Combining speed information across space
In this thesis, we investigate the integration of local motion signals across space. We
examined how both perceived speed and speed discrimination is affected by an increase in
the number of local motion elements, their spatial separation, and their contrast.
We found that the rate of integration was affected by contrast and the number of elements;
the lower the contrast the greater the rate of integration. At a contrast close to threshold
(7%) the rate of integration could be accounted for by probability summation of local
speed signals across space. The effect of distance between speed cues was negligible. The
improved speed discrimination sensitivity with an increase in element number could not be
accounted for by increased detectability; for equally detectable stimuli, speed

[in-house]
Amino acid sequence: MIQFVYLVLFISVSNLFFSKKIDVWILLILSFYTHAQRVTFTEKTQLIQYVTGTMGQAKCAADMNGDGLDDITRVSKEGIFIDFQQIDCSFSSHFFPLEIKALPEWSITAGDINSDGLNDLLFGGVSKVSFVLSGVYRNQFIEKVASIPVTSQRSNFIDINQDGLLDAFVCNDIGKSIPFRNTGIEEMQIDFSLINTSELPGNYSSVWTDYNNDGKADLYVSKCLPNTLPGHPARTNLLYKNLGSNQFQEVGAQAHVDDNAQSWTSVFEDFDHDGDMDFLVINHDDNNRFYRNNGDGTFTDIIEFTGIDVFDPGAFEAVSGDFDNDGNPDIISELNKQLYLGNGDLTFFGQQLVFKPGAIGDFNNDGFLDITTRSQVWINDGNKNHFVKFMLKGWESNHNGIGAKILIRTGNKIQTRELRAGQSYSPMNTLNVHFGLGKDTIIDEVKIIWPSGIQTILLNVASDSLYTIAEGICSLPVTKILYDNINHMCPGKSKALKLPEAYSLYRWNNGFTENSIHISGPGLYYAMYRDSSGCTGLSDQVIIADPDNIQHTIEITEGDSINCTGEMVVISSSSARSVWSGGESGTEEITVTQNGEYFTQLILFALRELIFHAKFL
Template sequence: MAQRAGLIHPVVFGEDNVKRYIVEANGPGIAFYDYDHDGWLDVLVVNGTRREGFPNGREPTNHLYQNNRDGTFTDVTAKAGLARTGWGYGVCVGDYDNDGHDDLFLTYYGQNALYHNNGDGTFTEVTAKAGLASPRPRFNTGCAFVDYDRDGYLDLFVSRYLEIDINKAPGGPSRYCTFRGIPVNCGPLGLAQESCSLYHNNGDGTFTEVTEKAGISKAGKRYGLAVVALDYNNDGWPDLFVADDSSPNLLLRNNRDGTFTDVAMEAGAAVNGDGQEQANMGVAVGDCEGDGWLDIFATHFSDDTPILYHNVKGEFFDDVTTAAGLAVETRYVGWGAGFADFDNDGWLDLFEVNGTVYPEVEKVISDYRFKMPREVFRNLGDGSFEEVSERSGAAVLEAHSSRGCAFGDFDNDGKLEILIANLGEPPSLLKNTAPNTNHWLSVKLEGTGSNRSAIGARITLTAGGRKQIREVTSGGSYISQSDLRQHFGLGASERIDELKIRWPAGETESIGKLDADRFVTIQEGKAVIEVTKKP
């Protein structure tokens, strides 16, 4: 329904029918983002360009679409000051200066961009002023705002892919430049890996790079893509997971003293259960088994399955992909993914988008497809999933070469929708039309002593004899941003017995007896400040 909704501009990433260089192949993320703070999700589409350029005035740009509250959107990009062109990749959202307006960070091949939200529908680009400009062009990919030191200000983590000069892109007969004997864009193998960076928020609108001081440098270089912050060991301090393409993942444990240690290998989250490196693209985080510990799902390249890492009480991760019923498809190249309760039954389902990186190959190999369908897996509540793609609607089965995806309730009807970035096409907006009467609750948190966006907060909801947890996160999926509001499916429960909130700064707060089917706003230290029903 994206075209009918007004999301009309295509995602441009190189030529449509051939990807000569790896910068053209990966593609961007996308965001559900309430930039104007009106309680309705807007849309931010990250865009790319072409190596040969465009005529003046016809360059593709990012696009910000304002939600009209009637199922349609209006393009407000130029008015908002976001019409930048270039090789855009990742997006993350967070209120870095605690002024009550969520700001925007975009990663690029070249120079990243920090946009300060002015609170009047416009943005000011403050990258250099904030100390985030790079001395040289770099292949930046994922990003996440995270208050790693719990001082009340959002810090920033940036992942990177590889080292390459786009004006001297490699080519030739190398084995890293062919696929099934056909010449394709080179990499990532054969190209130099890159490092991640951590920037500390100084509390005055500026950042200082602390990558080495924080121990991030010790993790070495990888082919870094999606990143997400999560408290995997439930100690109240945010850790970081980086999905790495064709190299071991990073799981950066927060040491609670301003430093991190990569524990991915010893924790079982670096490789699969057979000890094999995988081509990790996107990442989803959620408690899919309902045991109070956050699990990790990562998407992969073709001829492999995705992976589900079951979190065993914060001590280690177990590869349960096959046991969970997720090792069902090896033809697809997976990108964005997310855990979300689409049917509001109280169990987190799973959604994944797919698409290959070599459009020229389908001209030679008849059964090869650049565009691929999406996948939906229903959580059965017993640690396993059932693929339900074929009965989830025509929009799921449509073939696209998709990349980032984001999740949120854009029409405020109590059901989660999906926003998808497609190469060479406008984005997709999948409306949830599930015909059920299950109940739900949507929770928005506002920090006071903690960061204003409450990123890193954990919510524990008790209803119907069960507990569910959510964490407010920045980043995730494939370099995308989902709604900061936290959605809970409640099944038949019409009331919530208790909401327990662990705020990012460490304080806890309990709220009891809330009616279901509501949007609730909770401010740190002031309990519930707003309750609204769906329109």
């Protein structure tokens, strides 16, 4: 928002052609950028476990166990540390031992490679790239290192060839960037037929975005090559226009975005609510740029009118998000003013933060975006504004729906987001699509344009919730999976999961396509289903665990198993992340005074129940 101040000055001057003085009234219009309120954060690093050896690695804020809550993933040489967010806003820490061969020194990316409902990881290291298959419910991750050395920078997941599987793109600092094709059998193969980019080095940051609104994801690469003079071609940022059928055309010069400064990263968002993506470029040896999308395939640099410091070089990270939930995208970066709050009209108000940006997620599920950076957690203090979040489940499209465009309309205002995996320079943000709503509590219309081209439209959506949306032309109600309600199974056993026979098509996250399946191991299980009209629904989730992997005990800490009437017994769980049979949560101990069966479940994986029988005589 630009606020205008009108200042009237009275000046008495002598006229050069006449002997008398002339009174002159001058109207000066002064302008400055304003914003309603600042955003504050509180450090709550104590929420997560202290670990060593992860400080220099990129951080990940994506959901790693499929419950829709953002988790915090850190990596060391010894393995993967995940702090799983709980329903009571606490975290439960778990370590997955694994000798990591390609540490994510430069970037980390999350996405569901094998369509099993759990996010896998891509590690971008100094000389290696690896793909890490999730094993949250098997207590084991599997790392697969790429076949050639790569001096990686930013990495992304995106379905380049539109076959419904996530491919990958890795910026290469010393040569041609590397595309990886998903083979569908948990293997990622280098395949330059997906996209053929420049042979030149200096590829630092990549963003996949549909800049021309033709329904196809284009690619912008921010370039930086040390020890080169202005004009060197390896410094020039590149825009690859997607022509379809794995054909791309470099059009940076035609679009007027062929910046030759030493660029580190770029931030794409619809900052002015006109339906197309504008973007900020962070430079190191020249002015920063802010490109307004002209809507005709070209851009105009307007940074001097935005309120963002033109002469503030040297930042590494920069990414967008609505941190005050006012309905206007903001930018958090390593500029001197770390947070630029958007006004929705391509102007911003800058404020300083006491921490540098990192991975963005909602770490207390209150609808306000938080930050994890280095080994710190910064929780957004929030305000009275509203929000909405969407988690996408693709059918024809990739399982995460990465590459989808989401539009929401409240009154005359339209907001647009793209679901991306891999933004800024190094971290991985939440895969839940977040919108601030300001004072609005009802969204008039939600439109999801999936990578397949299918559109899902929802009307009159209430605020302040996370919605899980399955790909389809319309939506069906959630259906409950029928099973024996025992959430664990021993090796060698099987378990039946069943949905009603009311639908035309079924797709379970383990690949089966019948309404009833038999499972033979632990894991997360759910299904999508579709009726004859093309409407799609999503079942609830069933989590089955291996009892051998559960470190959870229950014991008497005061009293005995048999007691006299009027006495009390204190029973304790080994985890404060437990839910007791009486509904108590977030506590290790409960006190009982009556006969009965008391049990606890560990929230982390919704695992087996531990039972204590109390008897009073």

discrimination thresholds are decreasing with element number. Whereas element number
strongly increases speed discrimination sensitivity, the effect on perceived speed is small
and not always consistent across observers. Finally, the integrative process was found to be
related to the direction of the local speed cue at high contrast (20%) whereas at low
contrast (7%) the integrative process is direction blind. The implications of the results
obtained within the context of this research are discussed.